Today was day eleven of the hike> I can feel that my body is beginning to adapt. Today we returned to hiking on a road as we have detoured off the trail to re-supply. The hike today was 23 miles, and besides a little soreness in my right Achilles, the walk was easy and pain free. Not only am I feeling less pain, but I can tell that I am able to be more observant. Instead of tiring easrly, forcing me to stare down at the trail and just focus on my next step, I am now able to walk upright, constantly scanning the area while kowing that my feet will fall properly on the trail> I am now able to spot much more wildlife or perhaps the animals are letting me appraoch because I'm acting more naturally.
Hospitality has been the big theme of our last few days. Prior to yesterday, we spent a few days in the woods without seeing anyone. Since we left the woods yesterday morning and got out on some rural roads, everyone has been interested in learning about our journey and aiding us along the way.
For example, once we got off the trail and onto a gravel, rural road, two cars stopped and asked to give us a ride. One guy recommended a beautiful shortcut through the woods. Not having learned anything from our prior day's ill-fated shortcut, we took his suggestion. We spent hours stomping through the bush just to find a barrier blocking us from the road: a raging river with a high rock cliff leading to the road. We had to backtrack through the woods, losing hours of time and energy while becoming completely soaked. The guy's intentions were good.
Due to our condition after being trapped in the bush, we decied to stay at the crossroads community of Yaak. We rented out a cabin and went to the one smoke free establishment. When we arrived we were the only patrons (the rest of the area was smoking across the street). However, the owner/server/cook Gloria was too kind, and we agreed to stay for dinner (she was the same woman who rented us the cabin and also volunteered driving into town to buy us some supplies). She was so happy to have us that she gave us some free appetizers and started playing showtunes with us on the piano> Even her dog Sandy was super welcoming. Sandy is conditioned to loving photographs. Whenever someone enters the restaurant, Sandy pouts until Gloria takes a pictuer with Sandy and the new customer.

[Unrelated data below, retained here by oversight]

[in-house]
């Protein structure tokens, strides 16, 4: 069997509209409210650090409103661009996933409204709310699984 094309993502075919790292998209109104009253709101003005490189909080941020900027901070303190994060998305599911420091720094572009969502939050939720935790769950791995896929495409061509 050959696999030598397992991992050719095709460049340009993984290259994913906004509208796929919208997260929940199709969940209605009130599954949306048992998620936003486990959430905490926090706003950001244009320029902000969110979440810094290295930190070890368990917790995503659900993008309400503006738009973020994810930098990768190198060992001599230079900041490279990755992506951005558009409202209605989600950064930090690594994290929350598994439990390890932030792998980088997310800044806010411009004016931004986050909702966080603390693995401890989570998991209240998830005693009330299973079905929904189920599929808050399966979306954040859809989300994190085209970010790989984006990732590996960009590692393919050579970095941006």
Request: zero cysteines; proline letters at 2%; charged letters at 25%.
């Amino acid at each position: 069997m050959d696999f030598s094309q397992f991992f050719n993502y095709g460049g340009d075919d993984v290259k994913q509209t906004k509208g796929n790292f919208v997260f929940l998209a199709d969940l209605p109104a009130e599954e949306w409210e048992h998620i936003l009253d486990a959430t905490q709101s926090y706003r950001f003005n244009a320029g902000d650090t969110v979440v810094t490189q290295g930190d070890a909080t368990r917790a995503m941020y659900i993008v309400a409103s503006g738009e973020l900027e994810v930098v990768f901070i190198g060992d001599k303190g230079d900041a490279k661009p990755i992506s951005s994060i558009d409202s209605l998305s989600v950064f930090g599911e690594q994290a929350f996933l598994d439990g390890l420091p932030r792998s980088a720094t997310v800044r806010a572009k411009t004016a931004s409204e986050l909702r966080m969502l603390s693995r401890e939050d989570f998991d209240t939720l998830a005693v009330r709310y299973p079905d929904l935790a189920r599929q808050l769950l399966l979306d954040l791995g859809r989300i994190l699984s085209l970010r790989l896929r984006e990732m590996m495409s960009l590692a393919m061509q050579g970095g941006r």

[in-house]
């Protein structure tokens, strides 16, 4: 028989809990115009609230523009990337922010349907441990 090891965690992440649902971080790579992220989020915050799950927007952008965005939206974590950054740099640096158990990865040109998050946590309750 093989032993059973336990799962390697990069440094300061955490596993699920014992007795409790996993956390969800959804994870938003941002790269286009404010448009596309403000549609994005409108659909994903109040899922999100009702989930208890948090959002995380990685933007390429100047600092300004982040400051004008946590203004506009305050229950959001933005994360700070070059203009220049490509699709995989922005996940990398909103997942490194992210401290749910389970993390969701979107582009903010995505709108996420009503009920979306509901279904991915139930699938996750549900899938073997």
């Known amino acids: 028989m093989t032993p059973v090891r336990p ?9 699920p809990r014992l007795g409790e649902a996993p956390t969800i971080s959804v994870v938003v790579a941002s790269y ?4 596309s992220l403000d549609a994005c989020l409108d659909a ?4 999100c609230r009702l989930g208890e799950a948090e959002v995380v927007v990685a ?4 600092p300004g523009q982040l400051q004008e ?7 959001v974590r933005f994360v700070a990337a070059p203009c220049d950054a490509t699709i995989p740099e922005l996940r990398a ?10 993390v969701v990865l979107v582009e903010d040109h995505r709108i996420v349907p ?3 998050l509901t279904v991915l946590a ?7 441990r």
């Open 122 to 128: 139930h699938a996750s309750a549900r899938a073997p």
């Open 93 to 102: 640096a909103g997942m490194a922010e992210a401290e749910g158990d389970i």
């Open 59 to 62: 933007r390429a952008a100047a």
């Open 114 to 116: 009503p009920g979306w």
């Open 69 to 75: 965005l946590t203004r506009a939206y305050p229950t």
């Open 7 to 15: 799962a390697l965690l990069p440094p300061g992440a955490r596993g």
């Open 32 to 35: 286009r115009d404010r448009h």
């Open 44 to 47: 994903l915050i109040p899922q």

We proceeded to have a huge meal, desserts, and lots of drinks. A local couple entered (Rick and Bobbi), and we had a fun time shooting the breeze. I then started to play the piano, keeping Gloria open an extra two hours. The following morning, Gloria opened early to give us a big breakfast. When we asked for the bill for the cabin, the three dinners, the three breakfasts, the many drinks, and some long distance phone calls, we were blown away to find practically no charge. Apparently Rick and Bobbi had left bunch of money to cover our food and lodging. They also extended us an invitation to come and go fishing with them.
Today on our hike we stopped for a drink and some road house called the Golden Nugget. Even though we only spent a few dollars, they gave us two plates of fresh fruit. We told them where we were planning on camping that night and said thanks. Later that evening shortly after we set up camp, a guy from the bar stopped by to give us some good firewood.
Montana has been good to us. Tomorrow we will enter Idaho.
Posing for a picture with Sandy the dog. Sandy gets antsy unless she gets her photo taken.